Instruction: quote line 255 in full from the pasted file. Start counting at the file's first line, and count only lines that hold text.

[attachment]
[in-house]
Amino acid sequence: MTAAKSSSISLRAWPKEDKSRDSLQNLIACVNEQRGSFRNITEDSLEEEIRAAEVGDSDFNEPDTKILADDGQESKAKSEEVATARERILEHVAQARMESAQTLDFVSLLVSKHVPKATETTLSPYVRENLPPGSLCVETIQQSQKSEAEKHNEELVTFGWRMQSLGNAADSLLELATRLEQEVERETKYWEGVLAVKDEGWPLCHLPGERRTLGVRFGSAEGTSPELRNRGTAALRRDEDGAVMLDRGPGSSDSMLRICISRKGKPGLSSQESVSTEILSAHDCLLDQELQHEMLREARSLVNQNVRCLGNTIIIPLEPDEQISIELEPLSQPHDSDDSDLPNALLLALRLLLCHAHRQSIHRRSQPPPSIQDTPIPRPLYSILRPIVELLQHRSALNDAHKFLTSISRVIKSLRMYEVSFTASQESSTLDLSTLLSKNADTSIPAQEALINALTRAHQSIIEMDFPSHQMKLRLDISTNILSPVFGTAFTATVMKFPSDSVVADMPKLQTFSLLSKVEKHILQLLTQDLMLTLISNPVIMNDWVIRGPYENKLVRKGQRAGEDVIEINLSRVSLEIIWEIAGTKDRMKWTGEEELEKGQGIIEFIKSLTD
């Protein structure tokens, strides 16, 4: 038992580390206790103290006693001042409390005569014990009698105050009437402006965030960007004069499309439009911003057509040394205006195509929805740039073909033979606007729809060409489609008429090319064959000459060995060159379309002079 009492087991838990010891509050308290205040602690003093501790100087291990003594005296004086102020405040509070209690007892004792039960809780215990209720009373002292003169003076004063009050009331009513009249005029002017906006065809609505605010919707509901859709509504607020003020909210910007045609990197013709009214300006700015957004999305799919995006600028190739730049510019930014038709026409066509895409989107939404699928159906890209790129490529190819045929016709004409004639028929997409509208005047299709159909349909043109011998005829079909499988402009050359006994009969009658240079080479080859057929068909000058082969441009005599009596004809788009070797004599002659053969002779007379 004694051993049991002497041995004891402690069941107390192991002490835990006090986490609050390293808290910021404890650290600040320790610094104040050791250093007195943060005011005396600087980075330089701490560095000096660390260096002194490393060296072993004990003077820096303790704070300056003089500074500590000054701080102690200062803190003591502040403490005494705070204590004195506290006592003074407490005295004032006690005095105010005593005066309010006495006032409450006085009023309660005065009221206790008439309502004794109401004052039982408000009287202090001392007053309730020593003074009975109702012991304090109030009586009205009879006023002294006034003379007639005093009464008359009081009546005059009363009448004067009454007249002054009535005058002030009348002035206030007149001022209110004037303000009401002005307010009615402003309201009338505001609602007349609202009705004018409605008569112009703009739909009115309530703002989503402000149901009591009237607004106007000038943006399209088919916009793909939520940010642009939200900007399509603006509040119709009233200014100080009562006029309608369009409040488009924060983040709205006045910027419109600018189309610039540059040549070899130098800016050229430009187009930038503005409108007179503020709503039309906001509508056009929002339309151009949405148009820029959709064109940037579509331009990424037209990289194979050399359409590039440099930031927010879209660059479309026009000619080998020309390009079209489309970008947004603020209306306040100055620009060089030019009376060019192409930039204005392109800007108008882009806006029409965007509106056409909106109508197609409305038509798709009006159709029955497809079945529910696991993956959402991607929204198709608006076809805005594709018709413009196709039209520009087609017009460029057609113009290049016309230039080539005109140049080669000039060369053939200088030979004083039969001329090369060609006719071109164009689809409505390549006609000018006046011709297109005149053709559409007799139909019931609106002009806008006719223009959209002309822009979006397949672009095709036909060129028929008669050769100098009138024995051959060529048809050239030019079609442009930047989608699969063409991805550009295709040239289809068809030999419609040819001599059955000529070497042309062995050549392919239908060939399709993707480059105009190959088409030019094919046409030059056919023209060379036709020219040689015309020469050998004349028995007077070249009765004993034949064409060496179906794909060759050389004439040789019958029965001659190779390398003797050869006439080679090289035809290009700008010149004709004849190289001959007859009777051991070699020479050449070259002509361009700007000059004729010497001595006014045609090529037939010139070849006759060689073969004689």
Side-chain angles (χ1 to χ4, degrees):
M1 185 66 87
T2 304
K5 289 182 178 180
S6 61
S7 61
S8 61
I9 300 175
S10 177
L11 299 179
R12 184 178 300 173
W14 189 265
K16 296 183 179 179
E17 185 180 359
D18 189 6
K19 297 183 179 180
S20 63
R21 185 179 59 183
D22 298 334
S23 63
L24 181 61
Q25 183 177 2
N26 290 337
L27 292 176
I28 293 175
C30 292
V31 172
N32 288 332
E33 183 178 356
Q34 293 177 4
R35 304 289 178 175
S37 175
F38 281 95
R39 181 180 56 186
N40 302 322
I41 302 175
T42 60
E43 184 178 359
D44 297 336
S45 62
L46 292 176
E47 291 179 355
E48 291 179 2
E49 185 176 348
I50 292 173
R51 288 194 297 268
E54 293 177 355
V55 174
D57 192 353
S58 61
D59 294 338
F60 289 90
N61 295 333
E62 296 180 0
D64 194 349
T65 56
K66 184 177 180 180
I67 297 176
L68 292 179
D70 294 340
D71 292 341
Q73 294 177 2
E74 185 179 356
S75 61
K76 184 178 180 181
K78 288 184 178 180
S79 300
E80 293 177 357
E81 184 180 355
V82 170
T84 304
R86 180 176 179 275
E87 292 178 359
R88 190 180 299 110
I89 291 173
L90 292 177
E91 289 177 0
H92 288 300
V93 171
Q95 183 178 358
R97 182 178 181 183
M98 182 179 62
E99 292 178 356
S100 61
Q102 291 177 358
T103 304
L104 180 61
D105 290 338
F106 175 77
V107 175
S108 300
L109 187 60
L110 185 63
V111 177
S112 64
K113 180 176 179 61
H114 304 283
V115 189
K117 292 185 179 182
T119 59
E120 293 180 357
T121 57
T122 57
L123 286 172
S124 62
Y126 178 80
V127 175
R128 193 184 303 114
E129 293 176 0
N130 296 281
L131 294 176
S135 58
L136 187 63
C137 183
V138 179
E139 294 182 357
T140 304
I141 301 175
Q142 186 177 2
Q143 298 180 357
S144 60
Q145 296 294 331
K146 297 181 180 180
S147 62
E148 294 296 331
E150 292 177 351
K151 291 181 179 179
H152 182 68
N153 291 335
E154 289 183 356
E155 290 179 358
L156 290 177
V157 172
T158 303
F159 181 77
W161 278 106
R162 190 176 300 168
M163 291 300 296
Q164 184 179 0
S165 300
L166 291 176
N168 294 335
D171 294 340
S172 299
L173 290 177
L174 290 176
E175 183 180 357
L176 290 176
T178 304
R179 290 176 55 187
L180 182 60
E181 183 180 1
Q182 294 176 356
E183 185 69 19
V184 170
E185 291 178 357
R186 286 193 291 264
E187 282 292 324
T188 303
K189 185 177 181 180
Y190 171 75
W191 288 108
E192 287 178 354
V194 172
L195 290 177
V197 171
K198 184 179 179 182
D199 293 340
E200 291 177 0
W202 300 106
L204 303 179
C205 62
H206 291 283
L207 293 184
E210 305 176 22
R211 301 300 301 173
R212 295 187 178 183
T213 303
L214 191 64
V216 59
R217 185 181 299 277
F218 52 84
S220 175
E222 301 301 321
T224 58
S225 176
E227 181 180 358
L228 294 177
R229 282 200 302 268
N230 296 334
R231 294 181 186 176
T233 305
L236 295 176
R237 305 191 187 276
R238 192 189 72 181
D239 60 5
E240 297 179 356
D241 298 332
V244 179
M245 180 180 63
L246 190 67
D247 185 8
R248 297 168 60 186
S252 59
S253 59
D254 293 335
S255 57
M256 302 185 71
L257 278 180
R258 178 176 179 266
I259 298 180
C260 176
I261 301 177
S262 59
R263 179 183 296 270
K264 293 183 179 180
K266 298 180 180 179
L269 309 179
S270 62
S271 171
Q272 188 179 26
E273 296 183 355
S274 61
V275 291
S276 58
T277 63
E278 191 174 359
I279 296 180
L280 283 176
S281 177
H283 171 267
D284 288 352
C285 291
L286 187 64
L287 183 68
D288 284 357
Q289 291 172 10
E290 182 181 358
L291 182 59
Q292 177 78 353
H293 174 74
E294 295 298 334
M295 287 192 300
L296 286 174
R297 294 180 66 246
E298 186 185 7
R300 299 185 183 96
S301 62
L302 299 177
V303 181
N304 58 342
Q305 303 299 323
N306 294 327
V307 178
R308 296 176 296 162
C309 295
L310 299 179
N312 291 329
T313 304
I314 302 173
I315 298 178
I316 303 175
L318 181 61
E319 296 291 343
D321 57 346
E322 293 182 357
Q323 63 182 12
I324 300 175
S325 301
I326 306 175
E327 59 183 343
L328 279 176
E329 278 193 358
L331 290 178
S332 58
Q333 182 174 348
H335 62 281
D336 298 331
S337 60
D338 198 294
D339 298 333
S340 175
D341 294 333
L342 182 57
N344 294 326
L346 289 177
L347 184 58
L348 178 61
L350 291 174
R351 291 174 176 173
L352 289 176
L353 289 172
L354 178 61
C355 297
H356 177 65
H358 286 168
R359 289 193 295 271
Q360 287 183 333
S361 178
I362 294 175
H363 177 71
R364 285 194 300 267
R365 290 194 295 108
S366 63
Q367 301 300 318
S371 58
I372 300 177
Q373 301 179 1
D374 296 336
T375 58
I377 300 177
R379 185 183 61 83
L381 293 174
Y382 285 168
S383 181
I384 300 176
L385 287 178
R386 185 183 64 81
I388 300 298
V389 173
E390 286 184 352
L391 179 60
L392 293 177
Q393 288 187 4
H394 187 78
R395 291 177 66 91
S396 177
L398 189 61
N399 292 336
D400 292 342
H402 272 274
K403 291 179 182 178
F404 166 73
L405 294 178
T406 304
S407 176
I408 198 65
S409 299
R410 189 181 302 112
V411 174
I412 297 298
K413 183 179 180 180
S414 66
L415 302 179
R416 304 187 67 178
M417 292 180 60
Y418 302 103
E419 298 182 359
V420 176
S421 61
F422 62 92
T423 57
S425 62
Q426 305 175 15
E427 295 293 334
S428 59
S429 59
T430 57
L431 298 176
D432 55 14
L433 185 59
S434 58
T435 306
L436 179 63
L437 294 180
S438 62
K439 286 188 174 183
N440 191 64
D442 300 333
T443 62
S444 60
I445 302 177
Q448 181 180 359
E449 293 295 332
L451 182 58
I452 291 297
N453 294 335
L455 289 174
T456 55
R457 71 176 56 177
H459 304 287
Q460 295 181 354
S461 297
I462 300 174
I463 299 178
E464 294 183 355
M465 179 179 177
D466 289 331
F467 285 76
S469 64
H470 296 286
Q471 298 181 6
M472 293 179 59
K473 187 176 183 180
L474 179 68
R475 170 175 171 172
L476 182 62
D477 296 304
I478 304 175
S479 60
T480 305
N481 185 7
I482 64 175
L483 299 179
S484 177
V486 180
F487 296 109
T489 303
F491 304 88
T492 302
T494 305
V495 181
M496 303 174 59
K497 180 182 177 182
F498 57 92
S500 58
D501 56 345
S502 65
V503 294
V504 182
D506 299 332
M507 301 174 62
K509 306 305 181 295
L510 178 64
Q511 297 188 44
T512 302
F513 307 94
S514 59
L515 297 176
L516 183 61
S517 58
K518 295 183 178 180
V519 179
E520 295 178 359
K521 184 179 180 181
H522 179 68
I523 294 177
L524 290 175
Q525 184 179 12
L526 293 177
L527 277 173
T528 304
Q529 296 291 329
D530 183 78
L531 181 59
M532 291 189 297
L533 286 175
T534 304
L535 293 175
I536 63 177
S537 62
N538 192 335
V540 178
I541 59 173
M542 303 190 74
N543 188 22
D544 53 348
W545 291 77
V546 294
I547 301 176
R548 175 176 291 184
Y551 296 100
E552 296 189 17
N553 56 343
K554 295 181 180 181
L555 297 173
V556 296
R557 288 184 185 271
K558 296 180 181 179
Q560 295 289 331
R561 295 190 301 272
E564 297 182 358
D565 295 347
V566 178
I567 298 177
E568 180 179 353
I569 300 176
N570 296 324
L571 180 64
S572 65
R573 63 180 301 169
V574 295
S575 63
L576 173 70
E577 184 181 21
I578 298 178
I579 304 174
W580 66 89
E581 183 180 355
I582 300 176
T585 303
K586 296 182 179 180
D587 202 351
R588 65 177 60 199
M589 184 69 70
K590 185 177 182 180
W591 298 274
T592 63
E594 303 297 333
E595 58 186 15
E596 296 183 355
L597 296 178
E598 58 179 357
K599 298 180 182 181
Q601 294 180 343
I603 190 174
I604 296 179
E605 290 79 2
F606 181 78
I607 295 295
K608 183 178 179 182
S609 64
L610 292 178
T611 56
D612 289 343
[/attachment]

Q305 303 299 323